Jackson Public Schools Could Lose AccreditationBy Daniel Cherry | Published 12 Mar 2012 05:22pm |
Jackson Public Schools officials will get a chance to plead their case for keeping state accreditation. MPB's Daniel Cherry reports how the school system has failed to meet special education standards for more than a year, and state education officials are taking action.
Mississippi's Commission on School Accreditation set a hearing yesterday after reviewing information about systemic violations of special education standards by Jackson Public Schools. District 2 Accreditation commissioner, Blake Wilson, says officials with JPS have to show improvements or the state's approval could be yanked from the district.
"Look. We've got to get really serious about this. It's not just a 'La-di-da' type of approach. This is a formal step in the process. That's the way government works, it's step by step by step."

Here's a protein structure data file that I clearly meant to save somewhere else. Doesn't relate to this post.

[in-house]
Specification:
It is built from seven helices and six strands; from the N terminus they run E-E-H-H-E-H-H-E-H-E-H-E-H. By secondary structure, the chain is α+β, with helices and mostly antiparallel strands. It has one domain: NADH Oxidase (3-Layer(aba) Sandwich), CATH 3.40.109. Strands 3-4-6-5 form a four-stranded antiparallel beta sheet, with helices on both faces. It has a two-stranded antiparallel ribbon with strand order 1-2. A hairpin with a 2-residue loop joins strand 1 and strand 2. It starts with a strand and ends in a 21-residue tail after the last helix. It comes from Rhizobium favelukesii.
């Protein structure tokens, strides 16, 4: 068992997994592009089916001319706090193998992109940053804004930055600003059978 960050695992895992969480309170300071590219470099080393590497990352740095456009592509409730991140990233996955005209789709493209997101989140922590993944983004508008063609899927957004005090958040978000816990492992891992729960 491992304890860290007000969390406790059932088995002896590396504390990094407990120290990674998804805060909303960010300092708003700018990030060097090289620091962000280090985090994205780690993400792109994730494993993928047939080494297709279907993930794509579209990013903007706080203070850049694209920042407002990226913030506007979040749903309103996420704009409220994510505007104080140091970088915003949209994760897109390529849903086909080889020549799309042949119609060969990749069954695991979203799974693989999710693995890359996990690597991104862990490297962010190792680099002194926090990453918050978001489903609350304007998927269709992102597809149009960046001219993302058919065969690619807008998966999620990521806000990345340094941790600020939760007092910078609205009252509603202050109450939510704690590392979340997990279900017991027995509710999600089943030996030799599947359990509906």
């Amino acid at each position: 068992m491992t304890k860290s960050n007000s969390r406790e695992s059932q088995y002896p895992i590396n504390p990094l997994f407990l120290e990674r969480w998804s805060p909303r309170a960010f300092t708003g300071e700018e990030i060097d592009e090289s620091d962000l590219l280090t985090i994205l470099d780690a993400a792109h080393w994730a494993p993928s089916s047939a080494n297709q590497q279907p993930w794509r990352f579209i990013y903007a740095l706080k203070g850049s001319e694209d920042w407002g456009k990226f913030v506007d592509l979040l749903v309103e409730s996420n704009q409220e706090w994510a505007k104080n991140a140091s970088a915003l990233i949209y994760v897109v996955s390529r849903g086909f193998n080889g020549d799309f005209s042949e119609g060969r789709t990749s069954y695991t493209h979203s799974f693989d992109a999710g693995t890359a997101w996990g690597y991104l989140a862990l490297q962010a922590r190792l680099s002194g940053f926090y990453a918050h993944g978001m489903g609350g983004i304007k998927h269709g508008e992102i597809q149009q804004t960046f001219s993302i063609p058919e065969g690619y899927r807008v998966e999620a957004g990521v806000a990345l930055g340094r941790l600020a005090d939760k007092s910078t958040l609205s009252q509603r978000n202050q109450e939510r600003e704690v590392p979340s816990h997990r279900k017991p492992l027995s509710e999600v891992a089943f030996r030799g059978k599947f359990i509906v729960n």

Jackson Schools are already on probation, the step before losing accreditation. One punishment for losing accreditation is imposing sanctions on extracurricular activities like sports programs in failing schools. Sarah Campbell has 3 children in Jackson Schools, and she thinks that policy is aimed at the wrong target.
"It's not something that children have any control over. So to me you're punishing kids for something that's not being done in a central office, and I don't understand how that can possibly be sound educational policy."
Accreditation officials say JPS has slowly been making changes, and that's a step in the right direction. Dr. Lee Childress is a District 2 Accreditation commissioner. He says as long as JPS is making progress he'll remain optimistic.
"Those are both state and federal standards that schools have to be in compliance with. I think if they will work with the office of special education here in the department to resolve those issues then things could work out for them."
Jackson Public Schools is the 2nd largest district in the state. If the commission removes their accreditation after the April 26th hearing, it would be a first for any K-12 school in Mississippi.
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